Irrespective of theoretical orientation, families matter. Families are the entity in which children are introduced to words, objects, shapes, and colors. Families are the people related in a myriad of conventional and unconventional ways that clothe, bathe, and feed its biological and acquired offspring. Influenced by race, ethnicity, income, and education, families relate not only to each other within the unit but to others in the neighborhood, the community, and beyond.
This book is about families and their children. This book is about those times when the family unit experiences distress. This distress may be found in the serious illness of a child or a parent. It may be the result of a reconfiguration of the family as in divorce and remarriage. Or it may involve the harming of a family member sexually or physically. In this volume, the authors explore what family means today, what functions it serves, and those circumstances that can make family life painful. Importantly, the authors provide readers with clearly written information drawn from the most recent scientific investigations suggesting how the topics in this volume might be addressed to either ease that discomfort (treatment) or prevent its occurrence.
Table of Contents
About the Editors. About the Contributors. Introduction. Gullotta, The Family, Treatment, and Prevention: How Theory Influences Practice. Williams-Washington, Melon, Blau, Childhood Growth and Development Within a Family Context. Osher, Osher, Blau, Families Matter. Goode, Jones, Cultural Influences on Child Development: The Middle Years. Keys, Leaf, Public Health Principles and Approaches to Systems Interventions to Support Children’s Emotional and Behavioral Health. Arcus, Chambers, Childhood Risks Associated with Adoption. Mensah, Fine, Divorce and Children. Hennon, Hildebrand, Schedle, Stepfamilies and Children. Fisher, Easterly, Lazear, Lesbian, Gay, Bisexual and Transgender (LGBT) Families and their Children. Plant, Siegel, Children in Foster Care: Prevention and Treatment of Mental Health Problems. Nicholson, Cooper, Freed, Isaacs, Children of Parents with Mental Illnesses. Portwood, Physical Abuse in Childhood (Ages 5-13). Spitalnick, Younge, Sales, DiClemente, Sexual Abuse in Childhood (The Abused Child). Epilogue.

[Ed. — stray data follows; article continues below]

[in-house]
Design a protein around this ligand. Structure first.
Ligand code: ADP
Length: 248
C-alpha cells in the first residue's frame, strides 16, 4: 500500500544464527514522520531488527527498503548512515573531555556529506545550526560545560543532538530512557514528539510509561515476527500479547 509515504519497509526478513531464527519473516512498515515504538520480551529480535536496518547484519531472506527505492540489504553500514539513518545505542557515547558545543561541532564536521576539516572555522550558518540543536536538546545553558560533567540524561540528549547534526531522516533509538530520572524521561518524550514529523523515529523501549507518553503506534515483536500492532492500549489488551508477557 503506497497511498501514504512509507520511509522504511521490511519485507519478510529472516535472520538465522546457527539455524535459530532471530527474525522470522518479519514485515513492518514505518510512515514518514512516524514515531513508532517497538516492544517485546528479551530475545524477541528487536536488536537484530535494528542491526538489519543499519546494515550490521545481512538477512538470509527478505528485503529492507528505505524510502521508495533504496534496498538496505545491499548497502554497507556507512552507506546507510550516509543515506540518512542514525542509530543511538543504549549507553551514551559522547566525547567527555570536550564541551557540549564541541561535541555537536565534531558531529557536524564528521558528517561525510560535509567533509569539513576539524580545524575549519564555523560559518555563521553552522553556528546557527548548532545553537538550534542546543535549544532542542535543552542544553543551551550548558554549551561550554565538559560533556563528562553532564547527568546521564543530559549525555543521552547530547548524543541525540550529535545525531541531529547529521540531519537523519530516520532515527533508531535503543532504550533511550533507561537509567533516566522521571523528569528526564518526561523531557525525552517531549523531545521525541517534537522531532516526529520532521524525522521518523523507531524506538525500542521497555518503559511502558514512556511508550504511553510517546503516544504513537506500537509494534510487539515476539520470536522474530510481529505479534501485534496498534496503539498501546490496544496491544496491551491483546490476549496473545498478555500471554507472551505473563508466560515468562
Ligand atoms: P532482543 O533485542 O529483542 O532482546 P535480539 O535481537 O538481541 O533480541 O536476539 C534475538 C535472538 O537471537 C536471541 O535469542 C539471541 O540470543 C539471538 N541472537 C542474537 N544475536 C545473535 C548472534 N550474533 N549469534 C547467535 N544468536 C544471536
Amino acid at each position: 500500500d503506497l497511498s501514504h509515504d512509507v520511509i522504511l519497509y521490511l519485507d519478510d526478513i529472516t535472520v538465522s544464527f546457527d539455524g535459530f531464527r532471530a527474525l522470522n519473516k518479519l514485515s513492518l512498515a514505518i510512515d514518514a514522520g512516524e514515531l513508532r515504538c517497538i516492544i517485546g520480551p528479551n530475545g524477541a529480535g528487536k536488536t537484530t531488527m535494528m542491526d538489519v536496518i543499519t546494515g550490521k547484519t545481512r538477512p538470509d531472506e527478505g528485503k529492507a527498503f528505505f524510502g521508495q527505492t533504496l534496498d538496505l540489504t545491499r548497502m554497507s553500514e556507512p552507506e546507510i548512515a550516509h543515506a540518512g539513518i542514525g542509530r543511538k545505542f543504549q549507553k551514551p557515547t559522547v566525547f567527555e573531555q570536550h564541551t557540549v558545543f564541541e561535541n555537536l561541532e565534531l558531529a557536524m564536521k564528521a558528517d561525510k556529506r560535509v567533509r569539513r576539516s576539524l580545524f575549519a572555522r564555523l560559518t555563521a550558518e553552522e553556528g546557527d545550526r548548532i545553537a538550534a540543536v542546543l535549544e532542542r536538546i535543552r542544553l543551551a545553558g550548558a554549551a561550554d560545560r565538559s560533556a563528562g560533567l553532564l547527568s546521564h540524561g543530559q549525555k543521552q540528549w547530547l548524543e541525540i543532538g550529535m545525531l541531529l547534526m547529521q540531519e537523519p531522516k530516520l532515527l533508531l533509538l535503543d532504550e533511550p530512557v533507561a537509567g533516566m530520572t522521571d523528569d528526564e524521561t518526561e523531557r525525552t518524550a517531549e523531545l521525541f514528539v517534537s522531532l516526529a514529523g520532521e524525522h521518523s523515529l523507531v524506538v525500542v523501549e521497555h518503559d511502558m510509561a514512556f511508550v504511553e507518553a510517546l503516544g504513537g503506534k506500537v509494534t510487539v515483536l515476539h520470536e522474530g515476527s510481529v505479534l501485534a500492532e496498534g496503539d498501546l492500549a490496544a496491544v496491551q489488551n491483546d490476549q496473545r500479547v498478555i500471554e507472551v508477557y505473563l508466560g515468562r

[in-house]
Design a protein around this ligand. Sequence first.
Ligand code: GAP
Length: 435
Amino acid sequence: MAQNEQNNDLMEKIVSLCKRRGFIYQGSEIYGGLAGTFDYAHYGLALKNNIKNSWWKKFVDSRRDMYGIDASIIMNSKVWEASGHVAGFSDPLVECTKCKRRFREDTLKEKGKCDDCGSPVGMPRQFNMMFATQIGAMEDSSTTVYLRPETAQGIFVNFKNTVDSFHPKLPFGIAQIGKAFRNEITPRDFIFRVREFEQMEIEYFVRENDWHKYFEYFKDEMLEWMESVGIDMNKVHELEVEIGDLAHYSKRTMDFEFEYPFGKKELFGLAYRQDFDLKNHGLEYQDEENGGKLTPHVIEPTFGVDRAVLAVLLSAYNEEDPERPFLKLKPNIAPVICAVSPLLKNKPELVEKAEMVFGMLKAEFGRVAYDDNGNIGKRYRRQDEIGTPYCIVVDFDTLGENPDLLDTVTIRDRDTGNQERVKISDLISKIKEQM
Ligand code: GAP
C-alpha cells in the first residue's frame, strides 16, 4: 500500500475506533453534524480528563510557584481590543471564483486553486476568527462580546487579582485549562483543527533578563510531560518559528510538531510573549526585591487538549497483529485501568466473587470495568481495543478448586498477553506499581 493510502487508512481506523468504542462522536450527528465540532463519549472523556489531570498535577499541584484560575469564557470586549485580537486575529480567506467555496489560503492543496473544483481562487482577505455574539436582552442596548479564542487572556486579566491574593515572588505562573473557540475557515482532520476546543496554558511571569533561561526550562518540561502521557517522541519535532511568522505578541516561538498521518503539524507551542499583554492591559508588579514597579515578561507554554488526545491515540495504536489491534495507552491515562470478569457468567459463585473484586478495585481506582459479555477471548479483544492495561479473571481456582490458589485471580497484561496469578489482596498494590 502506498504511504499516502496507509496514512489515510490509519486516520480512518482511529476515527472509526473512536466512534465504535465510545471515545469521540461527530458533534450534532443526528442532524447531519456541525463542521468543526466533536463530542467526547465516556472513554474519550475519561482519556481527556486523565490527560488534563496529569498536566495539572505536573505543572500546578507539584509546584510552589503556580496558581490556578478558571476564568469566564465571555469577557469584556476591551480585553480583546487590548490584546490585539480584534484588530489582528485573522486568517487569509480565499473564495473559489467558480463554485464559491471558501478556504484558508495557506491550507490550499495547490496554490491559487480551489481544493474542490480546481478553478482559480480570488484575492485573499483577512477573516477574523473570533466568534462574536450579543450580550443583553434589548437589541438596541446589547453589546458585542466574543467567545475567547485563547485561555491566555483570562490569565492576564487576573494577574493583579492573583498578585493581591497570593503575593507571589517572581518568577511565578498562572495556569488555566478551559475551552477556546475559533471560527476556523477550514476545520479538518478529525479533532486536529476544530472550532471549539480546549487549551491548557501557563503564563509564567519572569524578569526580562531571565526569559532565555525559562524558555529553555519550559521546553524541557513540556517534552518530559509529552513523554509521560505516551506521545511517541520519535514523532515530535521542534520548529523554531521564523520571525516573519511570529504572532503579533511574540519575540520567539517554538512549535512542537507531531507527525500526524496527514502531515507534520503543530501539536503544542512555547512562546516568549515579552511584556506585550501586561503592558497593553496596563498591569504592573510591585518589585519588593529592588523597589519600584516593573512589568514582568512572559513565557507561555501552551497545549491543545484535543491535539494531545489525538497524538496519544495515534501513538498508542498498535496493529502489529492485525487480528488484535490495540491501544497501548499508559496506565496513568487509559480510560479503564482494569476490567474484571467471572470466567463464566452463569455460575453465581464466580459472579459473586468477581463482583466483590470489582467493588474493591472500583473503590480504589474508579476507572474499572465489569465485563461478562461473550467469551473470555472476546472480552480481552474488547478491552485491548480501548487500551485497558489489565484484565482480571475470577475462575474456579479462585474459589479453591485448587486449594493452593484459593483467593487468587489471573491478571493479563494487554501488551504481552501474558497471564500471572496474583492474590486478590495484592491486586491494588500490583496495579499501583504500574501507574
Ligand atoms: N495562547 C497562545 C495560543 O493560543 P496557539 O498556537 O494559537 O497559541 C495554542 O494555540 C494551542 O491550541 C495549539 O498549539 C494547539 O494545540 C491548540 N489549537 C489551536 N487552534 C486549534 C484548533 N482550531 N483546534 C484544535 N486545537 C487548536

Thomas P. Gullotta, M.A., M.S.W. is C.E.O. of Child and Family Agency and is a member of the psychology and education departments at Eastern Connecticut State University. He is the senior author of the 4th edition of The Adolescent Experience, co-editor of The Encyclopedia of Primary Prevention and Health Promotion, and editor emeritus of the Journal of Primary Prevention. He is the senior book series editor for Issues in Children's and Families' Lives. Tom holds editorial appointments on the Journal of Early Adolescence, The Journal of Adolescent Research and the Journal of Educational and Psychological Consultation. In 1999, Tom was honored by the Society for Community Research and Action, Division 27 of the American Psychological Association, with their Distinguished Contributions to Practice in Community Psychology Award.
Gary Blau, Ph.D. is the Chief of the Child, Adolescent and Family Branch of the Center for Mental Health Services. Blau has received several awards including the Governor's Service Award, the Phoebe Bennet Award for outstanding contribution to children's mental health in Connecticut, and the Making a Difference Award presented by Connecticut's Federation of Families for Children's Mental Health. He currently holds a clinical faculty appointment at the Yale Child Study Center.
"In this volume, the authors explore what family means today, what functions it serves, and those circumstances that can make family life painful. They provide clearly written information drawn from the most recent scientific investigations suggesting how the topics in this volume might be addressed to either ease that discomfort (treatment) or prevent its occurrence." - Adolescence, Vol. 42, No. 172, Winter 2008
"[Family Influences on Childhood Behavior and Development] will serve as a solid reference for all of us who aspire to do a better job in prevention and intervention for children and youth and families." - PsycCritiques, March 11, 2009, Vol. 54, Release 10, Article 7
"The entire book is well organized. Each chapter can be read fairly quickly and contains a wealth of information. This information is useful for a variety of mental health professionals working in both school- and community-based settings. In particular, the book focuses on both prevention and treatment interventions, which is a refreshing change! Finally, it is a useful supplemental resource for educators in counseling and related fields." - Laura Bruneau, The Family Journal: Counseling and Therapy for Couples and Families